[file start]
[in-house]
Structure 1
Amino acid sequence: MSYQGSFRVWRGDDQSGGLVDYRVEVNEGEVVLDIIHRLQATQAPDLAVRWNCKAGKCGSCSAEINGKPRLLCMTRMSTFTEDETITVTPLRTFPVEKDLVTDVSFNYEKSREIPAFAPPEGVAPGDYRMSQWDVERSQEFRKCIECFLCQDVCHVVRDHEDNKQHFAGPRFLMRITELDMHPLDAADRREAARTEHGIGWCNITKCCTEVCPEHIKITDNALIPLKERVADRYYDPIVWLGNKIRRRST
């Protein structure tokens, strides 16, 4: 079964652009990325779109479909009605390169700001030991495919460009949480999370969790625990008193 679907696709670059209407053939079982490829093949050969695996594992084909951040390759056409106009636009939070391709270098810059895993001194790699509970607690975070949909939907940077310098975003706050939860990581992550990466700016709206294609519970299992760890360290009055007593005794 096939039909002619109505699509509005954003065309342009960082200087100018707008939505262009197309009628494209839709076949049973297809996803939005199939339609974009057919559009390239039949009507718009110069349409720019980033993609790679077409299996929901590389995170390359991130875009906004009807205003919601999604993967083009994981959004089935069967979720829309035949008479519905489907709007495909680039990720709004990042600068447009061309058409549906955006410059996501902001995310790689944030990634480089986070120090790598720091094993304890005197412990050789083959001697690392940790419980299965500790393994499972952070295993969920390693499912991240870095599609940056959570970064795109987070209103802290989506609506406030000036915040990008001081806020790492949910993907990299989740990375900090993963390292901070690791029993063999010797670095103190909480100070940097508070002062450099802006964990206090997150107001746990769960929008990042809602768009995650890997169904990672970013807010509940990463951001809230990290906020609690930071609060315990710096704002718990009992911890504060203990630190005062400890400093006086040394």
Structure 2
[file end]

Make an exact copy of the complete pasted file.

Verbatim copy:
[in-house]
Structure 1
Amino acid sequence: MSYQGSFRVWRGDDQSGGLVDYRVEVNEGEVVLDIIHRLQATQAPDLAVRWNCKAGKCGSCSAEINGKPRLLCMTRMSTFTEDETITVTPLRTFPVEKDLVTDVSFNYEKSREIPAFAPPEGVAPGDYRMSQWDVERSQEFRKCIECFLCQDVCHVVRDHEDNKQHFAGPRFLMRITELDMHPLDAADRREAARTEHGIGWCNITKCCTEVCPEHIKITDNALIPLKERVADRYYDPIVWLGNKIRRRST
């Protein structure tokens, strides 16, 4: 079964652009990325779109479909009605390169700001030991495919460009949480999370969790625990008193 679907696709670059209407053939079982490829093949050969695996594992084909951040390759056409106009636009939070391709270098810059895993001194790699509970607690975070949909939907940077310098975003706050939860990581992550990466700016709206294609519970299992760890360290009055007593005794 096939039909002619109505699509509005954003065309342009960082200087100018707008939505262009197309009628494209839709076949049973297809996803939005199939339609974009057919559009390239039949009507718009110069349409720019980033993609790679077409299996929901590389995170390359991130875009906004009807205003919601999604993967083009994981959004089935069967979720829309035949008479519905489907709007495909680039990720709004990042600068447009061309058409549906955006410059996501902001995310790689944030990634480089986070120090790598720091094993304890005197412990050789083959001697690392940790419980299965500790393994499972952070295993969920390693499912991240870095599609940056959570970064795109987070209103802290989506609506406030000036915040990008001081806020790492949910993907990299989740990375900090993963390292901070690791029993063999010797670095103190909480100070940097508070002062450099802006964990206090997150107001746990769960929008990042809602768009995650890997169904990672970013807010509940990463951001809230990290906020609690930071609060315990710096704002718990009992911890504060203990630190005062400890400093006086040394």
Structure 2